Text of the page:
In case you missed it, yesterday had yet another — yes, another — blow up in the sf/f community. This time it revolved around the choice of a host for the Hugo presentation at LonCon. Since I wasn’t going to be at LonCon, I really didn’t pay much attention other that to wonder why this particular presenter was chosen. To the best of my knowledge, Jonathan Ross had no “creds” that would make him attractive as a host for the presentation ceremony other than being a British TV personality. I was wrong, as I found out later. He has written in the genre, was a TV/film critic who apparently had a soft spot for the genre and his wife is an award-winning author in the genre. So, yeah, he could be a good fit.
But no. Oh the hue and cry went up quickly that he was “evil”. Bad enough that the con chairs had chosen yet another white male to host the awards ceremony. But they chose one known for his edgy humor. He was an awful man who made fun of women and blind folks and and and. . . .
Funny thing is, when I started really paying attention to those attacking Ross and the con chairs for the choice, most of them appeared to be the dainty writers, male and female, form the US. The Brits were pretty much, “Okay. Move along.” The underlying opinion by those who weren’t up in arms about Ross seemed to be that he’d behave if asked.
But what got to me was how folks started taking about how they were really glad they hand’t planned on going to LonCon because now they’d have to rethink their decision because such a horrid man was going to be part of it. Someone commented that they knew of an author who wouldn’t be going because she was afraid of what he might say because she’d heard he’d once made fun of someone like her.
What really brought this home to me was an email exchange I had with several authors I respect a great deal last night. Apparently US authors and a segment of fandom are so precious and delicate that the mere presence of an author — usually male — at a con can keep them from going because he “might” say something “inappropriate”. I’m sorry, but really? Are we that fragile that the mere possibility that someone might say something you don’t like can keep you from attending a con or other activity?
I’m not going to say much about the process that went on to first name Ross as the presenter at LonCon nor am I going to say much about the fact he withdrew after the proverbial shit hit the fan. Yes, the con chairs did drop the ball in how they handled it but so did those who reacted so vehemently without getting all the facts. Each and every one of those on both sides of the controversy would do well to read Kris Rusch’s posts on the do’s and don’ts of social media.
One of the best responses to what happened, in my opinion, came from a Facebook comment. This particular commenter said that writers “flounce” and they do it in every way possible. According to the commenter, Ross-gate (as it is now called by some) is just the flouncers’ latest opportunity to flounce.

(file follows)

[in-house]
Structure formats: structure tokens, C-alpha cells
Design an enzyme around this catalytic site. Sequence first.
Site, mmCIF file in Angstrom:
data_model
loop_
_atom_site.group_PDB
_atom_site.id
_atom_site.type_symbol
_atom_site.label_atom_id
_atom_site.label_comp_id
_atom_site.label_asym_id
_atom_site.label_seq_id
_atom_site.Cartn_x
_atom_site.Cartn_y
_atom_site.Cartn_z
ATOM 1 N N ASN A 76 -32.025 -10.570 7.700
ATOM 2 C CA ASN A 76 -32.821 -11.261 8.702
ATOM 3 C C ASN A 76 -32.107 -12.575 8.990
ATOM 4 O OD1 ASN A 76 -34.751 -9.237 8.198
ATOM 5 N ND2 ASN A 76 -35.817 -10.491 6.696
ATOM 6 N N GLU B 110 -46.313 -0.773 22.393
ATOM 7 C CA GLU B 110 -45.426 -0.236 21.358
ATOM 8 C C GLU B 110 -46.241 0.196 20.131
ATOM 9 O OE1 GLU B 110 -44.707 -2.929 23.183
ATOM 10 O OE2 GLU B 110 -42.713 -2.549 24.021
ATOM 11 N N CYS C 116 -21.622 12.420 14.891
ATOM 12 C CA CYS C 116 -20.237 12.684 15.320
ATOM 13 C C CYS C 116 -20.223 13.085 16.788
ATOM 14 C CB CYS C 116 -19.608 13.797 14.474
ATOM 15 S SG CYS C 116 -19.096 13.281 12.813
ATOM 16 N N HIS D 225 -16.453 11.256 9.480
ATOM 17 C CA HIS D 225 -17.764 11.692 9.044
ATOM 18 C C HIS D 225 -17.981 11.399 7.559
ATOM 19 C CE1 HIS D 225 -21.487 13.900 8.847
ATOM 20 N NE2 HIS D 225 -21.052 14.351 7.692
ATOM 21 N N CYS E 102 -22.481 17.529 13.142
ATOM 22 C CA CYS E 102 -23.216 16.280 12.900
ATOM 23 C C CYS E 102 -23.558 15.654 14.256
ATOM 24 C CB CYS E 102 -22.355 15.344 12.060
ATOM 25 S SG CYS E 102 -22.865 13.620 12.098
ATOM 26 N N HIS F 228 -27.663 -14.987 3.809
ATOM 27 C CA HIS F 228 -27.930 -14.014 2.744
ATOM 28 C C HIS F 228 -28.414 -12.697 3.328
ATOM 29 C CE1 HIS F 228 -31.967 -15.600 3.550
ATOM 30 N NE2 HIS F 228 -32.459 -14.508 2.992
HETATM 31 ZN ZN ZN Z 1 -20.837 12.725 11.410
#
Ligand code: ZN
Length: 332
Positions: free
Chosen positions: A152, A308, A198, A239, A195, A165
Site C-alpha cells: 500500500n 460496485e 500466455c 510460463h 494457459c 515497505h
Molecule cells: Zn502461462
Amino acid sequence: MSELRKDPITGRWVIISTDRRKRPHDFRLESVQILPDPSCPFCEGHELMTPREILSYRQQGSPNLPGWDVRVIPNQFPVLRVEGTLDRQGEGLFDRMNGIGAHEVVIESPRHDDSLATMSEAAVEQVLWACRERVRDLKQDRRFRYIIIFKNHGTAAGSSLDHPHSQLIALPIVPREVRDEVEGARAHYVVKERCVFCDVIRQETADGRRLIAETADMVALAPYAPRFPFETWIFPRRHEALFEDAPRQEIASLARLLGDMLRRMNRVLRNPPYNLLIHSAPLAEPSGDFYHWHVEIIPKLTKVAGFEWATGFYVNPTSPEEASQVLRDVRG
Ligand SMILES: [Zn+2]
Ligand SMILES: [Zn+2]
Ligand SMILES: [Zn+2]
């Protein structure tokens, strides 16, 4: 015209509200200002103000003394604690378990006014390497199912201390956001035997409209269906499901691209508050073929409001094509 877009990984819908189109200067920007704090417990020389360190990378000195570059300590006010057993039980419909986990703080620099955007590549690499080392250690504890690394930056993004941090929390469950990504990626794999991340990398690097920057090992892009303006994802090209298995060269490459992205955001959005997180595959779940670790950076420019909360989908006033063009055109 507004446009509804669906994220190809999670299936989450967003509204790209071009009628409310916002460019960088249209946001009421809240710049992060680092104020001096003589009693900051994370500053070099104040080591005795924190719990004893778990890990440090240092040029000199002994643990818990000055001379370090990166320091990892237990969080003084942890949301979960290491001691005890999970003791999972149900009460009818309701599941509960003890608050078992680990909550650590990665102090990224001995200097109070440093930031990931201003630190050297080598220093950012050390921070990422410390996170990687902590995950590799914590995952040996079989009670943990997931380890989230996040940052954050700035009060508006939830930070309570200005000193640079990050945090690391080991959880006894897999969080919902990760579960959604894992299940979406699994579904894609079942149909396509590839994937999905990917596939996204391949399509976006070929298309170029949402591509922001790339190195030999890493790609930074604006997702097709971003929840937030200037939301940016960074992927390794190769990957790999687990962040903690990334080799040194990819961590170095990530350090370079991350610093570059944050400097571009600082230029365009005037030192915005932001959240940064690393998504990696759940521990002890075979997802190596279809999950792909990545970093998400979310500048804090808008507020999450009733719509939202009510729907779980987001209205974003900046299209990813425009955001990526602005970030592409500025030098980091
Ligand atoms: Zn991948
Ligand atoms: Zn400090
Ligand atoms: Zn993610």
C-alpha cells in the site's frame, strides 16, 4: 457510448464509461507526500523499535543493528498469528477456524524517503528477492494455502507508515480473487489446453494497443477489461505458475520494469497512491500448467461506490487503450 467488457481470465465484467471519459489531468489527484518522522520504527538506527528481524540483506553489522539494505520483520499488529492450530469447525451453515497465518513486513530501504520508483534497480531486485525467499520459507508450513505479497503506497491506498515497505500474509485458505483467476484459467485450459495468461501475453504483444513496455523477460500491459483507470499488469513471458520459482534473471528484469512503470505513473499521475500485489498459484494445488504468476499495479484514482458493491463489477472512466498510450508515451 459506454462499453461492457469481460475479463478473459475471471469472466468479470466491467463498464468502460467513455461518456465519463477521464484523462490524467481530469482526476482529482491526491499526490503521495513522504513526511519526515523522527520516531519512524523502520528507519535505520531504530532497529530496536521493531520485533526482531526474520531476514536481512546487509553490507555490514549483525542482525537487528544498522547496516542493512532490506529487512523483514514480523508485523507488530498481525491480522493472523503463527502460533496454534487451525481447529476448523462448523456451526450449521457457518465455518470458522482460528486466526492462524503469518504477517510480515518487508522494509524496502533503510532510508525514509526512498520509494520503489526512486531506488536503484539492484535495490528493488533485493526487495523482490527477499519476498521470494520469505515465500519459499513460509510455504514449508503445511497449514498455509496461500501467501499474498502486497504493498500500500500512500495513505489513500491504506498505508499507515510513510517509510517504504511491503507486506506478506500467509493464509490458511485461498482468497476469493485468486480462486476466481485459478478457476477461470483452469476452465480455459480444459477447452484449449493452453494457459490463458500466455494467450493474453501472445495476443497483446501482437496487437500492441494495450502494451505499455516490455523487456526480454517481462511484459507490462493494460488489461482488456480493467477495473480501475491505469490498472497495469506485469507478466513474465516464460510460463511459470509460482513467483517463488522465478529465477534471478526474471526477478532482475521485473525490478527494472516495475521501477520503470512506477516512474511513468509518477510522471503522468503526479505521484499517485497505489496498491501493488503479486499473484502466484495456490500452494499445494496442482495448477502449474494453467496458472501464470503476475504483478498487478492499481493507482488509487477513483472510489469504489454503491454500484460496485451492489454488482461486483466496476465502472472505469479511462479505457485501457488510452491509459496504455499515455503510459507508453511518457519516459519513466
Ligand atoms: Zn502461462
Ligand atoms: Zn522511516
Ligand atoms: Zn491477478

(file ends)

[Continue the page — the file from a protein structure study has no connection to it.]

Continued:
So, yes, I had visions of a lot writers — both male and female — dressed in their Southern Belle outfits, complete with hoop skirts and fans, having a collective attack of the vapors at the news that Jonathan Ross might be at that darlin’ LonCon. Of course, we all know that when a Southern Belle swoons, it is to gain attention. Which brings me to the commenters’ next statement. These “vapors” can be boiled down to the belle (or writer in this case) crying out, “Me, what about me? Look at me! It’s me! Yes, me! It’s me! Me over here! Don’t forget me! I’m here. Me. Yoo-hoo, it’s me!”
Was Ross a good choice? I don’t know. But I do know that I’m tired of these public temper tantrums with the name calling and the “I will never go to a con where he (insert the name of a conservative white male author or supposedly controversial comic) will be.” Should we approve of bullying? No. Should we approve or prejudicial behavior? Hell no. But isn’t that exactly what was happening here? Weren’t those condemning Ross — and the con chairs for extending the invitation to him — basing their responses on 1) comments he’d made AS A COMIC and without knowing if the con chairs had given him any sort of guidance on what he should say? and 2) their own prejudices because they wanted a woman or a person of color or a non-binary gender person (did I say that right?) being the presenter instead of “yet another white guy”?
I wish this entire thing had not played out in public the way it did. It should have been done behind the scenes because, guess what, this sort of public cannibalism is why so many people have such a low opinion of the genre and of SFWA and related organizations. But then, handling things in-house isn’t something SFWA and the GHHers are known for. So why should I expect it from the LonCon membership either?
Sigh. I’m really ready for the adults to take over.